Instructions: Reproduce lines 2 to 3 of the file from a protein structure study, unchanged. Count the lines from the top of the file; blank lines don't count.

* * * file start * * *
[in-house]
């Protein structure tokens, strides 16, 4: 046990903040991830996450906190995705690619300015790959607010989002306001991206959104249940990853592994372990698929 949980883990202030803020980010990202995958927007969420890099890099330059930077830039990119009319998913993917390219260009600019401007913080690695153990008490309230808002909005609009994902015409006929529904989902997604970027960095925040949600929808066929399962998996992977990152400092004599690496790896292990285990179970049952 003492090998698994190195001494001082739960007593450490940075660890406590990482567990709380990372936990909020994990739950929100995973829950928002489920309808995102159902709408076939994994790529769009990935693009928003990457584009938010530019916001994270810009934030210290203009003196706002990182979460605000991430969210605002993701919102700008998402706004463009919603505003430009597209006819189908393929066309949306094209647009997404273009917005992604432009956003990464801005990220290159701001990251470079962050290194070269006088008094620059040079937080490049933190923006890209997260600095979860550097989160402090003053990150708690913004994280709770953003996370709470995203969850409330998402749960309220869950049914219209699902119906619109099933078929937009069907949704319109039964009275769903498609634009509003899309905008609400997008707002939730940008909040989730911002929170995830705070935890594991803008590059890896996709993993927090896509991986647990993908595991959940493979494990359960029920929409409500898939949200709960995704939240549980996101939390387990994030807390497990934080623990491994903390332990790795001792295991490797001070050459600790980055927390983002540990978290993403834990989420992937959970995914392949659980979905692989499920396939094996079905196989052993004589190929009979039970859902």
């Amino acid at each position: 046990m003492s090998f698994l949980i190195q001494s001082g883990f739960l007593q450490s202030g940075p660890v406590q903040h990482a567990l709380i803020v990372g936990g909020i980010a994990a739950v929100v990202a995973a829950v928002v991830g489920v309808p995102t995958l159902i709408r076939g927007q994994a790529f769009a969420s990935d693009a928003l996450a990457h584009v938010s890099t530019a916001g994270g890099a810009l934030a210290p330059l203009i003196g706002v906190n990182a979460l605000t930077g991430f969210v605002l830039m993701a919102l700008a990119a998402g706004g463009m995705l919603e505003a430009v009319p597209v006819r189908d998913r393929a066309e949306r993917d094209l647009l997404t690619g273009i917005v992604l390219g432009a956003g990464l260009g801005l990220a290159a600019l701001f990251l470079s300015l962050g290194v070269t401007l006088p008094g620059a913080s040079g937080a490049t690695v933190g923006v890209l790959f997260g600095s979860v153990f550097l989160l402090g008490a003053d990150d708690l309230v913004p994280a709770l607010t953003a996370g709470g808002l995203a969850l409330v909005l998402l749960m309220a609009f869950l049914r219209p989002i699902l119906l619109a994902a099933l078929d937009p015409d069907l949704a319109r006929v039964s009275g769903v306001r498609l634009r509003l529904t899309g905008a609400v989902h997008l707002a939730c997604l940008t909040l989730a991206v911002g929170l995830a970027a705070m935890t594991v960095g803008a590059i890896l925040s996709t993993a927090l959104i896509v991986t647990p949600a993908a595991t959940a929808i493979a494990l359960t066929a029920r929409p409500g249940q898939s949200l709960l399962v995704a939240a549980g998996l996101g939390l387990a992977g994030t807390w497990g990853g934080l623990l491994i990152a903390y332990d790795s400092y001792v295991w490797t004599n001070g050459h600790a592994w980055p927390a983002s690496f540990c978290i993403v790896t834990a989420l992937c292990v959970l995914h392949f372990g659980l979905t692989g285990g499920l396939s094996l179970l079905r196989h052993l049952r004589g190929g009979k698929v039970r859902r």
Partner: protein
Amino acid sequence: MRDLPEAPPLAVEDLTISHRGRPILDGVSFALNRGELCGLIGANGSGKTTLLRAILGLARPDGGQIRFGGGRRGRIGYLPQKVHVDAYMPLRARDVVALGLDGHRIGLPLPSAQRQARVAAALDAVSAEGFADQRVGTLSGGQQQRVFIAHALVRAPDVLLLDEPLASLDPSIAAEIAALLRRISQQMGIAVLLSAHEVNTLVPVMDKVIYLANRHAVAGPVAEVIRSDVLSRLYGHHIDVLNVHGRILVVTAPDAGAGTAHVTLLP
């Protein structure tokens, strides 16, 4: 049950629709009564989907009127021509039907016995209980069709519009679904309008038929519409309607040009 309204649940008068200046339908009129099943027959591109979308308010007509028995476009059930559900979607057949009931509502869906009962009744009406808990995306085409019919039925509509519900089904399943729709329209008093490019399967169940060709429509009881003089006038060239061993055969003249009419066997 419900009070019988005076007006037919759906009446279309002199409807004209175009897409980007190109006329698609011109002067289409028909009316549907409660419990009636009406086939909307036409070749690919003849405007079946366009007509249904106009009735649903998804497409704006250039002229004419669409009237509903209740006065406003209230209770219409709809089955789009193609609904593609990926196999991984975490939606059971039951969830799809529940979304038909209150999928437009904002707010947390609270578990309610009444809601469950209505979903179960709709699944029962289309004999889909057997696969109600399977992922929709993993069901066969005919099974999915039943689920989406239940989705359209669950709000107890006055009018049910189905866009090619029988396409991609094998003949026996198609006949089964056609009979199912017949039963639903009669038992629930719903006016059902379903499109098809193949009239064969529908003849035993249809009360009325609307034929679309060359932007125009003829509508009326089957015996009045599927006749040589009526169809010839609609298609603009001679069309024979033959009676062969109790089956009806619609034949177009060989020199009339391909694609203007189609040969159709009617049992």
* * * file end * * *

């Protein structure tokens, strides 16, 4: 046990903040991830996450906190995705690619300015790959607010989002306001991206959104249940990853592994372990698929 949980883990202030803020980010990202995958927007969420890099890099330059930077830039990119009319998913993917390219260009600019401007913080690695153990008490309230808002909005609009994902015409006929529904989902997604970027960095925040949600929808066929399962998996992977990152400092004599690496790896292990285990179970049952 003492090998698994190195001494001082739960007593450490940075660890406590990482567990709380990372936990909020994990739950929100995973829950928002489920309808995102159902709408076939994994790529769009990935693009928003990457584009938010530019916001994270810009934030210290203009003196706002990182979460605000991430969210605002993701919102700008998402706004463009919603505003430009597209006819189908393929066309949306094209647009997404273009917005992604432009956003990464801005990220290159701001990251470079962050290194070269006088008094620059040079937080490049933190923006890209997260600095979860550097989160402090003053990150708690913004994280709770953003996370709470995203969850409330998402749960309220869950049914219209699902119906619109099933078929937009069907949704319109039964009275769903498609634009509003899309905008609400997008707002939730940008909040989730911002929170995830705070935890594991803008590059890896996709993993927090896509991986647990993908595991959940493979494990359960029920929409409500898939949200709960995704939240549980996101939390387990994030807390497990934080623990491994903390332990790795001792295991490797001070050459600790980055927390983002540990978290993403834990989420992937959970995914392949659980979905692989499920396939094996079905196989052993004589190929009979039970859902």
């Amino acid at each position: 046990m003492s090998f698994l949980i190195q001494s001082g883990f739960l007593q450490s202030g940075p660890v406590q903040h990482a567990l709380i803020v990372g936990g909020i980010a994990a739950v929100v990202a995973a829950v928002v991830g489920v309808p995102t995958l159902i709408r076939g927007q994994a790529f769009a969420s990935d693009a928003l996450a990457h584009v938010s890099t530019a916001g994270g890099a810009l934030a210290p330059l203009i003196g706002v906190n990182a979460l605000t930077g991430f969210v605002l830039m993701a919102l700008a990119a998402g706004g463009m995705l919603e505003a430009v009319p597209v006819r189908d998913r393929a066309e949306r993917d094209l647009l997404t690619g273009i917005v992604l390219g432009a956003g990464l260009g801005l990220a290159a600019l701001f990251l470079s300015l962050g290194v070269t401007l006088p008094g620059a913080s040079g937080a490049t690695v933190g923006v890209l790959f997260g600095s979860v153990f550097l989160l402090g008490a003053d990150d708690l309230v913004p994280a709770l607010t953003a996370g709470g808002l995203a969850l409330v909005l998402l749960m309220a609009f869950l049914r219209p989002i699902l119906l619109a994902a099933l078929d937009p015409d069907l949704a319109r006929v039964s009275g769903v306001r498609l634009r509003l529904t899309g905008a609400v989902h997008l707002a939730c997604l940008t909040l989730a991206v911002g929170l995830a970027a705070m935890t594991v960095g803008a590059i890896l925040s996709t993993a927090l959104i896509v991986t647990p949600a993908a595991t959940a929808i493979a494990l359960t066929a029920r929409p409500g249940q898939s949200l709960l399962v995704a939240a549980g998996l996101g939390l387990a992977g994030t807390w497990g990853g934080l623990l491994i990152a903390y332990d790795s400092y001792v295991w490797t004599n001070g050459h600790a592994w980055p927390a983002s690496f540990c978290i993403v790896t834990a989420l992937c292990v959970l995914h392949f372990g659980l979905t692989g285990g499920l396939s094996l179970l079905r196989h052993l049952r004589g190929g009979k698929v039970r859902r």